Sexual harassment has always been a source of concern for employees in the workplace, but at the start of 2019 California greatly expanded its harassment training and prevention requirements. The old mandate was that any company with a number of employers greatly than 50 was required to perform training – now the number has changed so that any business with 5 employees or more must comply with training obligations. Additionally, supervisors must receive two hours of additional sexual harassment training and general employees must receive half that amount. According to the new requirement, training must be performed within six month of hire or promotion and subsequently every two years after.
Liability for harassment suits has also changed in the State of California and federally – as an employer your liability may be extended to acts committed by both supervisors and general employees. Sexual harassment training in California is not only a requirement but a necessary precaution taken to reduce risk of legal action. Employers must take the measures to perform workplace harassment prevention with the utmost importance not only as a means to improving workplace culture and morale, but as a first step to preventing legal risks associated with sexual harassment suits. California has some of the most progressively led state mandates regarding sexual harassment for private sector employees and very few states compare when it comes to the initiative taken to prevent workplace harassment.
On a federal level, Title VII of the Civil Rights Act of 1964 rules that sexual harassment is illegal in the workplace. In California, the California’s Fair Employment and Housing Act (FEHA) was passed as an additional measure to mitigate discrimination. In 2005, California’s AB 1825 changed requirements again and mandated that certain employers must perform mandatory action items and require sexual harassment training.
In 2015 on January 1st, amendment AB 2053 required all California employers that fell under the AB 1825 mandate to include a component that worked to prevent abusive conduct.
In 2016 on April 1st FEHA adapted regulations to clarify and expand potential employer actions, protections, and training requirements.
In 2018 on January 1st SB 396 worked to expand required training as it related to supervisors in order to curtail sexual harassment that included gender identity, gender expression, and sexual orientation.
SB 1343 ratified FEHA regulations once more to include businesses with five or more employees as opposed to the previous 25. Sexual harassment prevention training is now required to be administered to all workers by January 1st, 2020, and every two years afterwards. SB 778 extended the deadline to Jan. 1, 2021.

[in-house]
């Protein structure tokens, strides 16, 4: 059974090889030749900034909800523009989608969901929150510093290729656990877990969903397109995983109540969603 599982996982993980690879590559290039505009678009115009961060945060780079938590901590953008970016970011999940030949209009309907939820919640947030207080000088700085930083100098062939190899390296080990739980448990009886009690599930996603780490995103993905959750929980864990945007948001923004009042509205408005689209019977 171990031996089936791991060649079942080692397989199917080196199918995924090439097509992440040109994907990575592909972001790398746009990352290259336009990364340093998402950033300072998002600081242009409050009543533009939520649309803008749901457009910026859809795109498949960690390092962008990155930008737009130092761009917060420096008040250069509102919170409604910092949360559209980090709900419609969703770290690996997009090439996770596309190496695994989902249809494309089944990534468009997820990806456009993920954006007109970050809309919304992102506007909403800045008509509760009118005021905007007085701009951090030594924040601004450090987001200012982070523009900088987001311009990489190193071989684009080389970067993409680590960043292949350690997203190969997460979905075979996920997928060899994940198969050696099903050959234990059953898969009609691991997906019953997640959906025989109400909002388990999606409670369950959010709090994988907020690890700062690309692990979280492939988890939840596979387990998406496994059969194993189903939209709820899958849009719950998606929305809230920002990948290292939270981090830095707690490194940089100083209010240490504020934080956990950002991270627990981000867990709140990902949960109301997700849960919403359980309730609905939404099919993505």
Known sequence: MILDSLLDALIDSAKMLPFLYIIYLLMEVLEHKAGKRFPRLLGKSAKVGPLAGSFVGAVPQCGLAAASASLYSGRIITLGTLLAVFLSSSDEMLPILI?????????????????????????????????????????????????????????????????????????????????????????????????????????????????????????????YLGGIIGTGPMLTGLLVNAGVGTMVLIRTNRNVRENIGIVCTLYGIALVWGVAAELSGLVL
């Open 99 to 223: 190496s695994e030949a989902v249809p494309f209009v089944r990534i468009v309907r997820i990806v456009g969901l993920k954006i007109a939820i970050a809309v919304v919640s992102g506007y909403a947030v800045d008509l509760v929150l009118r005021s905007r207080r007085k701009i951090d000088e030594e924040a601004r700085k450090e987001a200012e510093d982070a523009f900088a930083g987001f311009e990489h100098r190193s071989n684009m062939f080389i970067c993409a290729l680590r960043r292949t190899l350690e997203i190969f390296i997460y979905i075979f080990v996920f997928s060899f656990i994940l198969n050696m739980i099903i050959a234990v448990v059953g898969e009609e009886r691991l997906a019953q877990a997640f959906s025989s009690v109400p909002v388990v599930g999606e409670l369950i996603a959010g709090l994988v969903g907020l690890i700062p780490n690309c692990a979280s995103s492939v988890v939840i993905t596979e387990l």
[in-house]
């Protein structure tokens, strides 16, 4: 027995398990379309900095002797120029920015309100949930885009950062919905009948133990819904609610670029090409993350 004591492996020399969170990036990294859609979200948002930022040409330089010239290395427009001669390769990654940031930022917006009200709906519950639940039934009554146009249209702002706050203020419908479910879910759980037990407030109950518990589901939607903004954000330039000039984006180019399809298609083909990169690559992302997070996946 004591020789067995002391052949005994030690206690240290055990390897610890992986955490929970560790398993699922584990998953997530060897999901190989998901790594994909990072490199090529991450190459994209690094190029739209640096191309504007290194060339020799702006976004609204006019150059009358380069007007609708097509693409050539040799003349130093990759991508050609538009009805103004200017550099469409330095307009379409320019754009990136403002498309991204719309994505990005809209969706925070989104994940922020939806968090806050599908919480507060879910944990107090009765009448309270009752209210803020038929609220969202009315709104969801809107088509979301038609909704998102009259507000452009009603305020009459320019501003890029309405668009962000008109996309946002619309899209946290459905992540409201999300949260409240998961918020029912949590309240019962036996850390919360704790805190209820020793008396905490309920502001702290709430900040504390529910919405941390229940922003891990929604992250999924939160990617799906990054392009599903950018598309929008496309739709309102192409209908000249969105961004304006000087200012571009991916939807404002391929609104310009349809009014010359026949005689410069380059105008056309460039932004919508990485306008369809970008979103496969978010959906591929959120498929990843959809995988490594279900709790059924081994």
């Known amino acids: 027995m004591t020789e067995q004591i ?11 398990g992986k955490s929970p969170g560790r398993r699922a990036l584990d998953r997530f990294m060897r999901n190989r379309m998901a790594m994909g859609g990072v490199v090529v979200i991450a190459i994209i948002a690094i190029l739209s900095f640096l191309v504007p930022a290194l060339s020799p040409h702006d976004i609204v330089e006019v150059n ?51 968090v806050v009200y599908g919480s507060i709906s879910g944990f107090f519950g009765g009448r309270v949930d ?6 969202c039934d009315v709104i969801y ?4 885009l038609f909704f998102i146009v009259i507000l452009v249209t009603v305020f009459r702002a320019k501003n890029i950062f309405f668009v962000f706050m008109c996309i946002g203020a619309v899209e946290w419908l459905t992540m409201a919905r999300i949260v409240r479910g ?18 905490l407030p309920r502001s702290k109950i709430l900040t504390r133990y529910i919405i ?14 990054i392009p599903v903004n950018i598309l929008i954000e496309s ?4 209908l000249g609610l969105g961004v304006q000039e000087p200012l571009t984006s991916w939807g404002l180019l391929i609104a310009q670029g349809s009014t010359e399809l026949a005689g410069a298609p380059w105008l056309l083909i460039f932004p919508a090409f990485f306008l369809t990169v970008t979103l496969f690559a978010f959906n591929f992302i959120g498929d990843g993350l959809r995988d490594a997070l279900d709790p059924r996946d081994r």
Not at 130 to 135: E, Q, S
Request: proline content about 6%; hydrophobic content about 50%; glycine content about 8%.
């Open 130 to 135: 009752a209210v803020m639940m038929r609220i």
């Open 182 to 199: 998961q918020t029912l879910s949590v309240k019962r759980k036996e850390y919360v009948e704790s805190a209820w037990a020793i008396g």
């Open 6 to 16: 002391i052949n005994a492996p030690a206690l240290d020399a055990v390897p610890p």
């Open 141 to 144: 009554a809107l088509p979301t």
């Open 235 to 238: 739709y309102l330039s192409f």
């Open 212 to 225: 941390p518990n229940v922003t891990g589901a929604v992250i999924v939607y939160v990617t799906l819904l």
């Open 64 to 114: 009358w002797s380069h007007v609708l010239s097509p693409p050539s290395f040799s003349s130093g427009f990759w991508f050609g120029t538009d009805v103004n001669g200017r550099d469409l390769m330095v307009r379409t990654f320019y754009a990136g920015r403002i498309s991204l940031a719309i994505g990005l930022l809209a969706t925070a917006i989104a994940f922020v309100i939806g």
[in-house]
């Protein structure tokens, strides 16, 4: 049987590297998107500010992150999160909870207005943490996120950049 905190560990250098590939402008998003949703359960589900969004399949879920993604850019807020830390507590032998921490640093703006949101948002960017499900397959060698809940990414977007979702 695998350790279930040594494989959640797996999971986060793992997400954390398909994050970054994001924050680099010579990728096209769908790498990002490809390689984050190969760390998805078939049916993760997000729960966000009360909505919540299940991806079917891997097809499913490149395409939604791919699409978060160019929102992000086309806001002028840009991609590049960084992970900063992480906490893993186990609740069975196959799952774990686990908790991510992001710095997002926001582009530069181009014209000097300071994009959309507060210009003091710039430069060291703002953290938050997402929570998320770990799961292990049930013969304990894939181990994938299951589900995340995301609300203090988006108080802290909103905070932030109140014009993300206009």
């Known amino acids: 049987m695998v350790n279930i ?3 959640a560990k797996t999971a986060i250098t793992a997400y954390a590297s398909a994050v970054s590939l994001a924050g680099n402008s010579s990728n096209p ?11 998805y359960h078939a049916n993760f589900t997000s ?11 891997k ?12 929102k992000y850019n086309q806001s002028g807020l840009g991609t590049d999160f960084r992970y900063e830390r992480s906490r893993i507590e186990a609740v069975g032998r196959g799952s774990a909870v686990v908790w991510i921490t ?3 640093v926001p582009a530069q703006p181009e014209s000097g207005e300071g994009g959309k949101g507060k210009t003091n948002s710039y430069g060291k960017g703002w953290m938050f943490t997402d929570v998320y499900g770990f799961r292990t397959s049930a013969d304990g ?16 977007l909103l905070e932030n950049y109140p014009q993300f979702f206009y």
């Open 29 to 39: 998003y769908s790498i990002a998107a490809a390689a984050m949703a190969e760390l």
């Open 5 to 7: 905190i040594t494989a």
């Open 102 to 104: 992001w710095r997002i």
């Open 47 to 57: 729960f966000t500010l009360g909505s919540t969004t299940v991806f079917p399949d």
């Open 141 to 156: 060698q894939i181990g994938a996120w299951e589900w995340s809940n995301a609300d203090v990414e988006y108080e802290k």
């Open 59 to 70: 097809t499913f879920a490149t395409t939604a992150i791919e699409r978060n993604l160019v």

Sexual harassment is defined as any unwelcome sexual conduct include but not limited to physical and verbal action. The two have very different liability implications so it’s important to understand their differences. As mentioned, Title VII of the Civil Right Act of 1964 makes sexual harassment forbidden under federal law. The scope of federal law includes less stringent requirements than California, as California has passed legislation specific to its workplace environments. Under federal juridstiction a company that has employed more than 15 employees for each working day in 20 or more calendar weeks within the year is required to organize adequate training. On a state level, sexual harassment is illegal under the California Fair Employment and Housing Act and protections extend to applicants, employees, interns, professionals, and contractors. Record keeping is extremely important as the laws themselves are enforced by DFEH under the FEHA
Records that you should keep on hand are:
We’re a little bit different than your cut and dry workforce training company – we prefer to engage directly with employees through common understanding and humor. Even though our training takes a less formal attitude, we still comply with state regulation while remaining entertaining and engaging. Our approach is to inform rather than warn, demonstrate rather than lecture, and engage attendees directly through question and answer in person or through e-learning. Find out more about our unique training HERE.
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